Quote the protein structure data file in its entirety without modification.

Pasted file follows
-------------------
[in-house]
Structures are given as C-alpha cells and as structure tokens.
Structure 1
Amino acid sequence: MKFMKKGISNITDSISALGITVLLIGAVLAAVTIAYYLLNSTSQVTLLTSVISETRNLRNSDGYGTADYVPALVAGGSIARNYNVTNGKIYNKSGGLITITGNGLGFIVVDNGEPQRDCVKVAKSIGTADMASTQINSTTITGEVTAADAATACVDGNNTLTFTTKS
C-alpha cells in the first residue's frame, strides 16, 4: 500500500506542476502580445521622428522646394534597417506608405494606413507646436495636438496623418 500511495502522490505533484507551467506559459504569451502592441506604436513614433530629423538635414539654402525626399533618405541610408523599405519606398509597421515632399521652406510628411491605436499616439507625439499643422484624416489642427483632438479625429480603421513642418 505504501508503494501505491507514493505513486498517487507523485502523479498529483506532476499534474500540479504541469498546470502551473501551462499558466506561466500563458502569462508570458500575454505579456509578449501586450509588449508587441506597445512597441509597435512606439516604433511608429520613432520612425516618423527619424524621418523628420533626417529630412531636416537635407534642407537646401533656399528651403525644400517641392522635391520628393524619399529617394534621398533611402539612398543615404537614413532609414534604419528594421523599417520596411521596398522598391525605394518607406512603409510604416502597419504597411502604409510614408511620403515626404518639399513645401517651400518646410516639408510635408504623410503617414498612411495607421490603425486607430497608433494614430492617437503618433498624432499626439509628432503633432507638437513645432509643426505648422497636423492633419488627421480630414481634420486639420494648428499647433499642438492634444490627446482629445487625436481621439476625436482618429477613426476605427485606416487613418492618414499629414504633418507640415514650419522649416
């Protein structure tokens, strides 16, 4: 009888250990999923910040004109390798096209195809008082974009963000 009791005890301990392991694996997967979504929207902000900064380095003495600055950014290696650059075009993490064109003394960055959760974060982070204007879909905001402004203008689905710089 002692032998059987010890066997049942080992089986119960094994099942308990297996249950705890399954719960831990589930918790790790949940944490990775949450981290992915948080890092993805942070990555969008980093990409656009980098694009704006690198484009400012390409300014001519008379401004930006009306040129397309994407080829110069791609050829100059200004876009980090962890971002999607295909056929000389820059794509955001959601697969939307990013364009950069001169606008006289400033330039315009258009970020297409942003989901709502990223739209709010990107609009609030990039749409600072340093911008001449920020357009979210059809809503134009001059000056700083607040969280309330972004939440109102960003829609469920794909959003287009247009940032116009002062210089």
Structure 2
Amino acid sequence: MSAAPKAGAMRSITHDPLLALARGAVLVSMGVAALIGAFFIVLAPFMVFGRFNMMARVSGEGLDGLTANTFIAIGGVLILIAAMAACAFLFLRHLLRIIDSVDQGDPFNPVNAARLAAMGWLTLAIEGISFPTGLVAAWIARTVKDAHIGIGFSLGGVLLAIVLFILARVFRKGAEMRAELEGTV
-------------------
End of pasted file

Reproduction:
[in-house]
Structures are given as C-alpha cells and as structure tokens.
Structure 1
Amino acid sequence: MKFMKKGISNITDSISALGITVLLIGAVLAAVTIAYYLLNSTSQVTLLTSVISETRNLRNSDGYGTADYVPALVAGGSIARNYNVTNGKIYNKSGGLITITGNGLGFIVVDNGEPQRDCVKVAKSIGTADMASTQINSTTITGEVTAADAATACVDGNNTLTFTTKS
C-alpha cells in the first residue's frame, strides 16, 4: 500500500506542476502580445521622428522646394534597417506608405494606413507646436495636438496623418 500511495502522490505533484507551467506559459504569451502592441506604436513614433530629423538635414539654402525626399533618405541610408523599405519606398509597421515632399521652406510628411491605436499616439507625439499643422484624416489642427483632438479625429480603421513642418 505504501508503494501505491507514493505513486498517487507523485502523479498529483506532476499534474500540479504541469498546470502551473501551462499558466506561466500563458502569462508570458500575454505579456509578449501586450509588449508587441506597445512597441509597435512606439516604433511608429520613432520612425516618423527619424524621418523628420533626417529630412531636416537635407534642407537646401533656399528651403525644400517641392522635391520628393524619399529617394534621398533611402539612398543615404537614413532609414534604419528594421523599417520596411521596398522598391525605394518607406512603409510604416502597419504597411502604409510614408511620403515626404518639399513645401517651400518646410516639408510635408504623410503617414498612411495607421490603425486607430497608433494614430492617437503618433498624432499626439509628432503633432507638437513645432509643426505648422497636423492633419488627421480630414481634420486639420494648428499647433499642438492634444490627446482629445487625436481621439476625436482618429477613426476605427485606416487613418492618414499629414504633418507640415514650419522649416
């Protein structure tokens, strides 16, 4: 009888250990999923910040004109390798096209195809008082974009963000 009791005890301990392991694996997967979504929207902000900064380095003495600055950014290696650059075009993490064109003394960055959760974060982070204007879909905001402004203008689905710089 002692032998059987010890066997049942080992089986119960094994099942308990297996249950705890399954719960831990589930918790790790949940944490990775949450981290992915948080890092993805942070990555969008980093990409656009980098694009704006690198484009400012390409300014001519008379401004930006009306040129397309994407080829110069791609050829100059200004876009980090962890971002999607295909056929000389820059794509955001959601697969939307990013364009950069001169606008006289400033330039315009258009970020297409942003989901709502990223739209709010990107609009609030990039749409600072340093911008001449920020357009979210059809809503134009001059000056700083607040969280309330972004939440109102960003829609469920794909959003287009247009940032116009002062210089």
Structure 2
Amino acid sequence: MSAAPKAGAMRSITHDPLLALARGAVLVSMGVAALIGAFFIVLAPFMVFGRFNMMARVSGEGLDGLTANTFIAIGGVLILIAAMAACAFLFLRHLLRIIDSVDQGDPFNPVNAARLAAMGWLTLAIEGISFPTGLVAAWIARTVKDAHIGIGFSLGGVLLAIVLFILARVFRKGAEMRAELEGTV